We could either add stories for these measurements or consider these to be encapsulated in the delivery of this story.
Essentially we are asking whether feedback is valuable and if it is – how valuable is it to us.
Return on Investment:
When discussing this with a colleague the first response was that this is putting more upfront work and that is a challenge for the ‘lazy’. In Agile ‘Lazy’ is a virtue so this is important feedback.
Naturally there is an overhead in this but as with all feedback loops the information is valuable, knowledge is power and we just need to tune our efforts – our feedback volume to the right level to get valuable information with the minimum necessary effort. Another example of an Andon Cord where if the effort is too much and producing either too much information or nothing of value then we need to retune our feedback loops to give us enough valuable feedback to act.
Also many of these measurements will be applicable to multiple stories so the investment may end up being very limited but the feedback may be far reaching, and once automated the ongoing feedback can be tweaked to add extra sensors to give us more and more valuable information.
Some examples of value assessing measurements:
- Website analytics: hit rates, click through rates, hot spots etc. The cost of these is minimal and is often something that can be applied even after development.
- We could write stories to build into our application measurement for how our product is used, or the performance of our product,
- We could add usability testing or focus groups, surveys of users
- By using feature flags we could set up effective A-B testing to get feedback on structured hypothesis validation.
Please note that not all measurements need to be software driven – increased subscribers say may be measured entirely independently of your application.
But ultimately the biggest change would be in your initial vision creation, do you know your product goals and do you have a way to measure success.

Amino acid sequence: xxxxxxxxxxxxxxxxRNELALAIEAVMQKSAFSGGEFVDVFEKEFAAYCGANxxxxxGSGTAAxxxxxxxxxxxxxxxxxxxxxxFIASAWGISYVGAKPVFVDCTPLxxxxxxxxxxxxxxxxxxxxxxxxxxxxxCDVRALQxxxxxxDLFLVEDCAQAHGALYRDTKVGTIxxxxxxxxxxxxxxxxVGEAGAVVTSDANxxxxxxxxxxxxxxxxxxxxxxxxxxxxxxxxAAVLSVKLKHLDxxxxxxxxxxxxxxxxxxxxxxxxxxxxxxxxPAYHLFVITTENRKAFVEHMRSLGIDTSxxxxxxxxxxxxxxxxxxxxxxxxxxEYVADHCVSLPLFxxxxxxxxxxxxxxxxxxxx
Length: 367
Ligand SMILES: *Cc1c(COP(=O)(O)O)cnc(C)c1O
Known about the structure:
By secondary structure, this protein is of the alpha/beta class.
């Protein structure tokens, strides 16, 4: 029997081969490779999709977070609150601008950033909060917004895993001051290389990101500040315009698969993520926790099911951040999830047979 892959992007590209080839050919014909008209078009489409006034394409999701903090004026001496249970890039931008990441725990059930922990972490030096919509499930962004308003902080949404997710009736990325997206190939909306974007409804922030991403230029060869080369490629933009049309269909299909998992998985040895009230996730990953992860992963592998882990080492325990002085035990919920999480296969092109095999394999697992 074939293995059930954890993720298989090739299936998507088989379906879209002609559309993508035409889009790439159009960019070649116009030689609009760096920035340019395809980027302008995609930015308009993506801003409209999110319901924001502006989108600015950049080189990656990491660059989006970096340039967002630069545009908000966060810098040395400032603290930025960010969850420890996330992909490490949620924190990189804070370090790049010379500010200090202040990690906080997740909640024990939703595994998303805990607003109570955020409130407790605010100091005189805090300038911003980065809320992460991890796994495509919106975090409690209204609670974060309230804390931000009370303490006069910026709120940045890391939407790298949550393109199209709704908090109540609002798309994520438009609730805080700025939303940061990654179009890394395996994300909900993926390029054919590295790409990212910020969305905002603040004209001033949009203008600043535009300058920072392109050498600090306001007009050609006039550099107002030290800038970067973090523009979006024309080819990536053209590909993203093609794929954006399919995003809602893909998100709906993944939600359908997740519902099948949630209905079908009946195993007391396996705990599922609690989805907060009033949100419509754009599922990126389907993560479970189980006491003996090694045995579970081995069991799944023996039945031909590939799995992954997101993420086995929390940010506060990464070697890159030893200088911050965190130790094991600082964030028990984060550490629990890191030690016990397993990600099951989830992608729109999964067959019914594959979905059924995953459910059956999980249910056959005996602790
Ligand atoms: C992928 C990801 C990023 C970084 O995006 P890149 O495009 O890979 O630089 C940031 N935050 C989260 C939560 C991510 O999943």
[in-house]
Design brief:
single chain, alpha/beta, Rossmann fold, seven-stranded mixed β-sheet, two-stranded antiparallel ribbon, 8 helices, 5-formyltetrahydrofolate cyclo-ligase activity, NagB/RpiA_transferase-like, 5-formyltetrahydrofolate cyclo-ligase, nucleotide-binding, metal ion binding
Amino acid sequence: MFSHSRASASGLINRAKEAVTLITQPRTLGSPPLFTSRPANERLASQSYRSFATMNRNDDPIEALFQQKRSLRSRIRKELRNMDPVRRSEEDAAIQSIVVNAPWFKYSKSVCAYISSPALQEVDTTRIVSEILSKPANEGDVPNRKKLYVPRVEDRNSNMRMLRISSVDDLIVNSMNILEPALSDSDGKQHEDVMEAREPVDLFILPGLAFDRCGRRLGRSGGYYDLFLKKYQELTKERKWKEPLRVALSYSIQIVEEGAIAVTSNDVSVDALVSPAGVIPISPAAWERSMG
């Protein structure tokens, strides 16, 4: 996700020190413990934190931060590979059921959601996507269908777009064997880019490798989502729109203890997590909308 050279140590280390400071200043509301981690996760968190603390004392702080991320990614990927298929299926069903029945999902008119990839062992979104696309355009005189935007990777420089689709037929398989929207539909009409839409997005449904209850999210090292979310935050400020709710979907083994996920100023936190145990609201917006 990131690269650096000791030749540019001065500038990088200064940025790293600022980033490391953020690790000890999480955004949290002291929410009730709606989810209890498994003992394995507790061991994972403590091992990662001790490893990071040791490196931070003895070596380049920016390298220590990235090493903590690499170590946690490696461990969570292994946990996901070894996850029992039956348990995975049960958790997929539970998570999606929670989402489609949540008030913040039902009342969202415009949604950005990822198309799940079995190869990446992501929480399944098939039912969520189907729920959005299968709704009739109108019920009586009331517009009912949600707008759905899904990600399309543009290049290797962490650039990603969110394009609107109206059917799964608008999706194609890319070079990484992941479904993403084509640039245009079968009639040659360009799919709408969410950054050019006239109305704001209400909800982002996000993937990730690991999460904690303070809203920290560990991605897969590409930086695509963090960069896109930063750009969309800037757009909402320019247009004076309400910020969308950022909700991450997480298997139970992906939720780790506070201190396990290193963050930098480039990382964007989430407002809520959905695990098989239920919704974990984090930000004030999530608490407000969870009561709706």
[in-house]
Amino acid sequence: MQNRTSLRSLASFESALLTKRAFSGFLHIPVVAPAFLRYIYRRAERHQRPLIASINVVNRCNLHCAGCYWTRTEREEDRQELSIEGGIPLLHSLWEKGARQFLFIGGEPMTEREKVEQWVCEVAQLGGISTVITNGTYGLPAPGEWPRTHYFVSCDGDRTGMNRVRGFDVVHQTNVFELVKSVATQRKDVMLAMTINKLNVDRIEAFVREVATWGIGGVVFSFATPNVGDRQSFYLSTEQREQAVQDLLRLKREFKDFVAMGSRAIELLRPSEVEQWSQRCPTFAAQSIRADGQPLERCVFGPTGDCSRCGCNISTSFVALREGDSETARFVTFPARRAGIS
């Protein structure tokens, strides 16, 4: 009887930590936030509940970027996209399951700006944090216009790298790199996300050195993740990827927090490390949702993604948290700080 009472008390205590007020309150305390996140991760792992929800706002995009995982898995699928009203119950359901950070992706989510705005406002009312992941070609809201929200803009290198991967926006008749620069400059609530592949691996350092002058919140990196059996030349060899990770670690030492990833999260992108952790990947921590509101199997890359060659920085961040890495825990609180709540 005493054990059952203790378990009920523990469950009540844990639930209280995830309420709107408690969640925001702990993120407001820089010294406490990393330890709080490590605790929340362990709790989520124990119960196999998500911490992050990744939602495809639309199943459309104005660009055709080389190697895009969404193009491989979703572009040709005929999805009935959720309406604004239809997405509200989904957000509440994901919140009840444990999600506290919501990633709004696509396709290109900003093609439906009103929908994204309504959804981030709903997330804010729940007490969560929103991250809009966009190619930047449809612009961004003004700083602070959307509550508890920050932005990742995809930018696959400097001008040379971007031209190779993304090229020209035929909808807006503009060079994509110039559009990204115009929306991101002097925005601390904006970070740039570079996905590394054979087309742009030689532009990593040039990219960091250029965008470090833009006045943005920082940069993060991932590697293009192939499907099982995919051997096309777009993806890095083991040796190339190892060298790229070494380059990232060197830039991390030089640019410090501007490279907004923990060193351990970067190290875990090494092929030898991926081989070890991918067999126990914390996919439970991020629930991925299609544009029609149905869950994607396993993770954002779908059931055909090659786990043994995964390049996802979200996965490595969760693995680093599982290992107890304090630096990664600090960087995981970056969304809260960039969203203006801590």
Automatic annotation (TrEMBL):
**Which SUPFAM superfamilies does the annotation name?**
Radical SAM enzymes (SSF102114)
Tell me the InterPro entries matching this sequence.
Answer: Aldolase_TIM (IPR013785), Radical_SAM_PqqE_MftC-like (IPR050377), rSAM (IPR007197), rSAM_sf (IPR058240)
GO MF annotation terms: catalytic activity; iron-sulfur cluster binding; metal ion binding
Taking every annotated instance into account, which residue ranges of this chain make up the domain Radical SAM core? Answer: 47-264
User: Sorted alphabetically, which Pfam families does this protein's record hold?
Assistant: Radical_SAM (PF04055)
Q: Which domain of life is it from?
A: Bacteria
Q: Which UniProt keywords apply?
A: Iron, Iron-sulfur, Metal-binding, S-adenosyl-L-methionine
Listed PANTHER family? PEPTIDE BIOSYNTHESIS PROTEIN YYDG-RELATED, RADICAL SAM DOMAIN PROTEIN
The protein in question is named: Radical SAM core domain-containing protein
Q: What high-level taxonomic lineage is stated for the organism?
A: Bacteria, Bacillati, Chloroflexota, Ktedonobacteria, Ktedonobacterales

Is your goal increased sales, or time saved, or efficiency improvements, or increased users or cost saving and regardless of your goals do you have a plan for measuring whether your product is achieving your goals.
This may seem like stating the obvious but I cannot count the number of projects I have been on where the stated aims were cost-saving or revenue generating and numbers were stated and yet after the project was authorized no one ever went back and assessed whether the project was a success or achieved any of it’s aims. Having an aim was enough to get the project started. Claiming a 10% increase in sales or reduction in costs should be something you can measure so measure it.
Ironically being able to map a story to one of your stated goals for the product could be another way to filter unnecessary stories if the expected impact is not one of your product goals.
This is a very simple change to your story writing process – an extra little consideration that could have significant implications to the success of your product, the addition of a very valuable feedback loop on value delivered (rather than value expected)
As a …
I want to …
So that …
And I can verify this by …
I presented this notion to a Product Ownership Meetup and the response was amazing the conversation was full of so many great ideas, and examples of how some of the product owners are already putting this in to practice – not explicitly but have made usability and measuring usage a key part of their Product Ownership methodology. I love the conversations this group has each month, but this month I came away with so many new things to think about.
The highlight of which was Goldratt Users stories – which will be the subject of my next blog.
Tell me how you measure me and I’ll tell you how I will behave – Eli Goldratt
3 thoughts on “How do I know I am delivering Value?”
Very good points. Fin Goulding and I made some suggestions in 12 Steps to Flow. To summarise we said if you look at the flow in terms of upstream (emergent or overlooked customer needs and assets), downstream (post-delivery feedback) and midstream (development) then you have and end to end process for assessing value rather just eliminating waste. All work needs to be shaped by goals, i.e. diligently breaking work down so that it helps deliver a goal (with a goal being an aspiration to help customers to succeed.) That also means goals are shaped upstream, an area IT has not had enough focus on traditionally but in future has to.